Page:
In a recent New York gun case before an appellate court in the state of New York, the court had to decide whether a search warrant executed by several state troopers was valid. Originally, the trial court decided that evidence found by the troopers should be suppressed, and it granted the defendants’ motion to controvert the search warrant and suppress the incriminating evidence. On appeal, the State asked the higher court to reverse this decision, but the court could not find a reason to agree with the State’s arguments and ultimately denied the request.
Facts of the Case
According to the opinion, the defendants were charged with drug and weapons offenses after state troopers searched their two-story home in Queens. A confidential informant had told investigators that he knew several firearms were in the defendants’ home since he had visited recently and been shown two guns by one of the residents.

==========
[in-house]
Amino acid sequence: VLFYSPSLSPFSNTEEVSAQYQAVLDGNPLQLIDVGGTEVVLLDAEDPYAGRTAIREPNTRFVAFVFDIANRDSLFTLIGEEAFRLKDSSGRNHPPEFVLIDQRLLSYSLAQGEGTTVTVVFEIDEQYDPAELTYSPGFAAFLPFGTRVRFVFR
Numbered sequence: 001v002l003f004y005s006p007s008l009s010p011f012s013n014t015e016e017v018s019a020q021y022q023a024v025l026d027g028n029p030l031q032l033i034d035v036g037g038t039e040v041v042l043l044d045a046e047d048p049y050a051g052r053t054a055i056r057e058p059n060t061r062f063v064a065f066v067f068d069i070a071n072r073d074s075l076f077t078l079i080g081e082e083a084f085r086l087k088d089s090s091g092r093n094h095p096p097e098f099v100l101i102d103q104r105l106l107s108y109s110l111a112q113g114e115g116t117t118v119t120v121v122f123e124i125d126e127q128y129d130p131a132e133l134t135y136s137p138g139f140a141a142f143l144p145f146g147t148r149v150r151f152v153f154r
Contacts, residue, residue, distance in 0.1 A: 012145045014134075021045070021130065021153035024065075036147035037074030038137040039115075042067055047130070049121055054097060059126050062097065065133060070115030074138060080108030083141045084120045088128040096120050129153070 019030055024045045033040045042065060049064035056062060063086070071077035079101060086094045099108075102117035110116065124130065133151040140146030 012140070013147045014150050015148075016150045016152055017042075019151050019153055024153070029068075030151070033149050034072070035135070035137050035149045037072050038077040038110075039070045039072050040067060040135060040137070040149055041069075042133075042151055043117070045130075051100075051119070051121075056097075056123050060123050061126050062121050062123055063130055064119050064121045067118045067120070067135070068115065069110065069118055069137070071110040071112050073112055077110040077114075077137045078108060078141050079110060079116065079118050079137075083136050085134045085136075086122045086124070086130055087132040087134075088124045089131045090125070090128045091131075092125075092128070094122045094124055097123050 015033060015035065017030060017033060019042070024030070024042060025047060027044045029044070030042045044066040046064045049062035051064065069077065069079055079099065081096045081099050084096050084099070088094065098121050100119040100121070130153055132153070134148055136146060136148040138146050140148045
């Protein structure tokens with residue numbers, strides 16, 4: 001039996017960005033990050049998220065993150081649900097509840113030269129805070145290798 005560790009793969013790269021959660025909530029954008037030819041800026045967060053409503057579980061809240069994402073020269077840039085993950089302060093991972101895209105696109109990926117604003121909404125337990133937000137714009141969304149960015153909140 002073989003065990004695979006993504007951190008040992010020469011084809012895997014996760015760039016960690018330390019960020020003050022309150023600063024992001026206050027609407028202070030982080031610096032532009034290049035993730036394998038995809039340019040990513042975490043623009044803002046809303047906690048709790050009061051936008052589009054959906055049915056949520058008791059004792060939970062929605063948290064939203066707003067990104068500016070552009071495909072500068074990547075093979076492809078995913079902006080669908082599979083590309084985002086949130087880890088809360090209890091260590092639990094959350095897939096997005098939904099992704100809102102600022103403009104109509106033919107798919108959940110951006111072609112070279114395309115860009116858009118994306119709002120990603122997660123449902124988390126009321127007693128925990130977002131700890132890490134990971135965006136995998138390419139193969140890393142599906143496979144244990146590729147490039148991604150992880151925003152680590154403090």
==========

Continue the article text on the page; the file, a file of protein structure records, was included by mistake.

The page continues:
Both the search warrant and the affidavit in support of the search warrant described a two story, two family home with a right entrance and a left entrance.
The officers searched the home and found drugs, ammunition, and guns on the first floor. Interestingly, they found nothing on the second floor. They also arrested several people. The defendants filed a motion to suppress, arguing the warrant that gave the officers permission to search the premises was invalid and that the evidence shouldn’t come in at trial. The Constitutions of both New York State requires that search warrants particularly describe the place to be searched and the items to be taken. This warrant authorized the search of the entire house even though the police were aware that it was a two-family home. Accordingly, the trial court granted this motion, and the evidence was suppressed.